UK must build 18 cities the size of Birmingham in next two decades to keep up with current rate of immigration, report claims

The briefing paper by campaign group Migration Watch UK reveals the true extent of Britain’s housing crisis and the major part mass immigration has played in it

editor: REMIX NEWS
author: Thomas Brooke

If net migration into Britain continues at its current rate of 606,000 a year, the U.K. population will surpass 80 million by 2046 and the government will need to build 18 more cities the size of Birmingham just to keep up with the housing demand, a damning new report has revealed.

A briefing paper published on Thursday by Migration Watch UK estimates Britain would need to build between 6 and 8 million new houses before the mid-century.

Around 233,000 new homes were built in 2021/2022, according to a House of Commons Library report, meaning the U.K. would need to build 50 percent more new homes a year consistently for two decades to meet demand fueled by mass immigration.

The paper highlighted that Britain’s sky-high levels of immigration over the past three decades have “worsened the U.K.’s housing crisis by injecting significant additional demand when there is already insufficient available accommodation.”

It stated the number of private households headed by persons born outside the U.K. more than doubled between 1990 and 2019, increasing from 7 percent of U.K. households in 1990 to 15 percent in 2019.

With the current rate of new arrivals, 15 to 18 cities the size of Birmingham, England’s second-largest city, would need to be built just to cater to newcomers, “not even accounting for the future housing needs of the base population.”

“Where would all of these homes be built? Which areas of natural beauty would fall victim to the bulldozer if this were to occur?” Migration Watch UK asked.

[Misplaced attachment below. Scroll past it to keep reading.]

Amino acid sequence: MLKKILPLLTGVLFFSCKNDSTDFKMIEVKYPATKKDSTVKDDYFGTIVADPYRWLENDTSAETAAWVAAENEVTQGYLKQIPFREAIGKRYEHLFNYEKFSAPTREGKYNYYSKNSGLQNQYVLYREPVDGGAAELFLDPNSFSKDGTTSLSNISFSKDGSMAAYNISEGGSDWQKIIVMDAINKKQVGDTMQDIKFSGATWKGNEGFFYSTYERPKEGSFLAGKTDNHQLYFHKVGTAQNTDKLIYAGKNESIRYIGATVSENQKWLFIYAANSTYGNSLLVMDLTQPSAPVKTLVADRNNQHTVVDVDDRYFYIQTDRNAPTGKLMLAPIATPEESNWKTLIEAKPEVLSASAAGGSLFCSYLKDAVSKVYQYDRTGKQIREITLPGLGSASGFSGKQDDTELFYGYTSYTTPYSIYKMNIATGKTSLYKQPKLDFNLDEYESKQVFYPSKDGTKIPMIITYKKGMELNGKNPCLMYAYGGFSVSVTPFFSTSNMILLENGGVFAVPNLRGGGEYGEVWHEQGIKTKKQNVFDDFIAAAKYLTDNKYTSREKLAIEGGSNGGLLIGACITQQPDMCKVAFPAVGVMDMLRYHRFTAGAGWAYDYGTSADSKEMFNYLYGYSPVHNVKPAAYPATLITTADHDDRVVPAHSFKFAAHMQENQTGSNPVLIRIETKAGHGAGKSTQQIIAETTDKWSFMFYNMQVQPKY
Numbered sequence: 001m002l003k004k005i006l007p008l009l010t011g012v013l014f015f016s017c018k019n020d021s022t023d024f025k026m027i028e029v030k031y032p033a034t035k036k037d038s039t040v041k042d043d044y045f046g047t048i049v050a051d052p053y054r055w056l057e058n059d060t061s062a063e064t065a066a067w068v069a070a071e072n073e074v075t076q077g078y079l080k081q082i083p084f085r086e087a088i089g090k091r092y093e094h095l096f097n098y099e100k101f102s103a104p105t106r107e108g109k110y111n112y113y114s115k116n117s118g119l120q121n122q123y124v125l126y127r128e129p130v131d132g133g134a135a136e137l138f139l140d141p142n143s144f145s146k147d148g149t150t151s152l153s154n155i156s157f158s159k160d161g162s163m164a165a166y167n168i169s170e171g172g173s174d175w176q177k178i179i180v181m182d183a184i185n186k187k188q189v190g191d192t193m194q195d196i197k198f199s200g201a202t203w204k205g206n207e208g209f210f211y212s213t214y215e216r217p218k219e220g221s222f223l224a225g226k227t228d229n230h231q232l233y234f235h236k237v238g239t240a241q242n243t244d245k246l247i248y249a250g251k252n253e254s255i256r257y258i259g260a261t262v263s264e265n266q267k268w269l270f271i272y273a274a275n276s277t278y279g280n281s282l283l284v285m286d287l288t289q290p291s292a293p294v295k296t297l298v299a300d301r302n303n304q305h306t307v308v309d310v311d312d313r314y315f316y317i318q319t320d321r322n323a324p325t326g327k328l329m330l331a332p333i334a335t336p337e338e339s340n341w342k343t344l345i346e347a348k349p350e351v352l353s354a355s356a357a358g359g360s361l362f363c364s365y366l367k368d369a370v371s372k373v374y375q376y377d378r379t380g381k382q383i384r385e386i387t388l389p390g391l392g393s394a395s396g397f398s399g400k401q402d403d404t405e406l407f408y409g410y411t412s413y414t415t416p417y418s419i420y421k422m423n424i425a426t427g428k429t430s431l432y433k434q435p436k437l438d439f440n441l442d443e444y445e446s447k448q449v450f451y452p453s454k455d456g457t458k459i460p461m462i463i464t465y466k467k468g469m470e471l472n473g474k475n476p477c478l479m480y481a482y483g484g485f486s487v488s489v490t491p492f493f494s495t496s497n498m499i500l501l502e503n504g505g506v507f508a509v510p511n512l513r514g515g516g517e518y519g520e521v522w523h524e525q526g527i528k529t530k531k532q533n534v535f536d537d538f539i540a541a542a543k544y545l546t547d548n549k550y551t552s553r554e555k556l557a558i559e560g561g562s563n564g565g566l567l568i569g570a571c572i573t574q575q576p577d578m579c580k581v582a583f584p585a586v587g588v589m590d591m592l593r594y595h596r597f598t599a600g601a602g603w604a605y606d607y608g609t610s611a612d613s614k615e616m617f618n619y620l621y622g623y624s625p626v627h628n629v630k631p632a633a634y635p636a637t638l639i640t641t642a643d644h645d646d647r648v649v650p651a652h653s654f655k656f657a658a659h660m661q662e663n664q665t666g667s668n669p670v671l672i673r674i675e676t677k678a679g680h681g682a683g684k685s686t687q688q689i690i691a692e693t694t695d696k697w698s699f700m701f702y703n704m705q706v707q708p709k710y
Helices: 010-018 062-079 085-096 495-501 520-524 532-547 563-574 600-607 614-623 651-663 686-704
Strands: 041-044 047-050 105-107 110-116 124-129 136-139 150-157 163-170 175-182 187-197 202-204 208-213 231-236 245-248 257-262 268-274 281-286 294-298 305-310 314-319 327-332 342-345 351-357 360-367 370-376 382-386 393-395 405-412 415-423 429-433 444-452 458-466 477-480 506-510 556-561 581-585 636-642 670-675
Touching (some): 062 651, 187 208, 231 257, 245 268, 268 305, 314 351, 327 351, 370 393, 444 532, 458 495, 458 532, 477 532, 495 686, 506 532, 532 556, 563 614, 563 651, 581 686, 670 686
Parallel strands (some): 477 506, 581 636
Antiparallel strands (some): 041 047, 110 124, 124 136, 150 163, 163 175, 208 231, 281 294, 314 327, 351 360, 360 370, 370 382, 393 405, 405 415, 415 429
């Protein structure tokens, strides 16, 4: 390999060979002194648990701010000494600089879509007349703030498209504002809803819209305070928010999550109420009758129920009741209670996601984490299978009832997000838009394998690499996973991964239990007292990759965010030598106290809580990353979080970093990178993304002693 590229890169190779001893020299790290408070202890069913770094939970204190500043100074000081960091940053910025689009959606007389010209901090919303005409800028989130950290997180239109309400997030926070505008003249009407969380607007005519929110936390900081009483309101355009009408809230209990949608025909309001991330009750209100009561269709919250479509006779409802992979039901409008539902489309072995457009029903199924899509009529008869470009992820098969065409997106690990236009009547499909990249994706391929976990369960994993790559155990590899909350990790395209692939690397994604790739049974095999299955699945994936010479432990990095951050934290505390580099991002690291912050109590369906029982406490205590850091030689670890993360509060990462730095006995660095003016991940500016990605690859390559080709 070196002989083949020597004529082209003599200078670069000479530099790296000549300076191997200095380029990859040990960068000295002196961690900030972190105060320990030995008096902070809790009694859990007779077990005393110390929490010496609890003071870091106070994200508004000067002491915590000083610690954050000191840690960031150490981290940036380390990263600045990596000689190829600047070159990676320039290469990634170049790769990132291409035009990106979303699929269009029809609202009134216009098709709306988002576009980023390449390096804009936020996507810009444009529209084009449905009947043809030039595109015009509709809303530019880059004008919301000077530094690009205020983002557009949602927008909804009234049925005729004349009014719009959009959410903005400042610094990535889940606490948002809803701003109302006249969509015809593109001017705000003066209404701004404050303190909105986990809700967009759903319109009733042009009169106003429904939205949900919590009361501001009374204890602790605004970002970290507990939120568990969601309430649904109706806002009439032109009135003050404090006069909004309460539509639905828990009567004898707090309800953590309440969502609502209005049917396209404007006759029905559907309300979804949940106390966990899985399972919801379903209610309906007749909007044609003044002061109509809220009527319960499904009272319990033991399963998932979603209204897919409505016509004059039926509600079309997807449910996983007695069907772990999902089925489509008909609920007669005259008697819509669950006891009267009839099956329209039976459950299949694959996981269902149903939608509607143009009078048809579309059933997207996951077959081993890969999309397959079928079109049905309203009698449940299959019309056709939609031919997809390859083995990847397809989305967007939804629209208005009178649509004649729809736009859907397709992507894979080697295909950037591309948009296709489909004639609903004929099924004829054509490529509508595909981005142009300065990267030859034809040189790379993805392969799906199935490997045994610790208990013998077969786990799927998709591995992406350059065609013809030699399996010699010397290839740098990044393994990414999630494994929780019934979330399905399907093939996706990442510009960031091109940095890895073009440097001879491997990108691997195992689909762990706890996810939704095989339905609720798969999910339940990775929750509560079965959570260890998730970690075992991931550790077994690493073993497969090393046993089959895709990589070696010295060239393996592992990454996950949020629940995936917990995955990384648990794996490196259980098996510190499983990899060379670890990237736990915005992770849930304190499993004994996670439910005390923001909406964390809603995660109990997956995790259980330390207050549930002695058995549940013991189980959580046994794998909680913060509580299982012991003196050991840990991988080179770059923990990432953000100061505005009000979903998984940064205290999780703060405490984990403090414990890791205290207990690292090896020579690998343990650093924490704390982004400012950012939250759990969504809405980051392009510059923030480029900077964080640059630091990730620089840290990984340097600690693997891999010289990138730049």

The campaign group recommended immigration into Britain be slashed to a sixth of its current rate in order to address housing concerns.

“To urgently ease congestion strains and crippling pressure on housing, land, community amenities and the environment, it is essential that the government reduces net migration to the UK to less than 100,000 per year.

“As well as helping to ease the housing crisis, this would also protect more of the U.K.’s irreplaceable countryside from being bulldozed and lost forever,” the report added.

Prime Minister Rishi Sunak vowed last month to reduce net migration down to the figure he inherited last year, which was in the region of 500,000, still five times the recommended figure in Migration Watch UK’s report.

A government spokesperson responded to the report’s publication insisting that net migration is currently so high only due to “the U.K.’s action to welcome those from Ukraine and Hong Kong and international students returning after the COVID-19 pandemic.

“While net migration remains at a record high, we do not recognize the estimates in this report and there are signs that net migration could fall over the coming year.

β€œThe government remains committed to delivering 300,000 new homes per year and we are investing Β£11.5 billion to build the affordable, quality homes this country needs. We have delivered over 2 million new homes since 2010,” they added.

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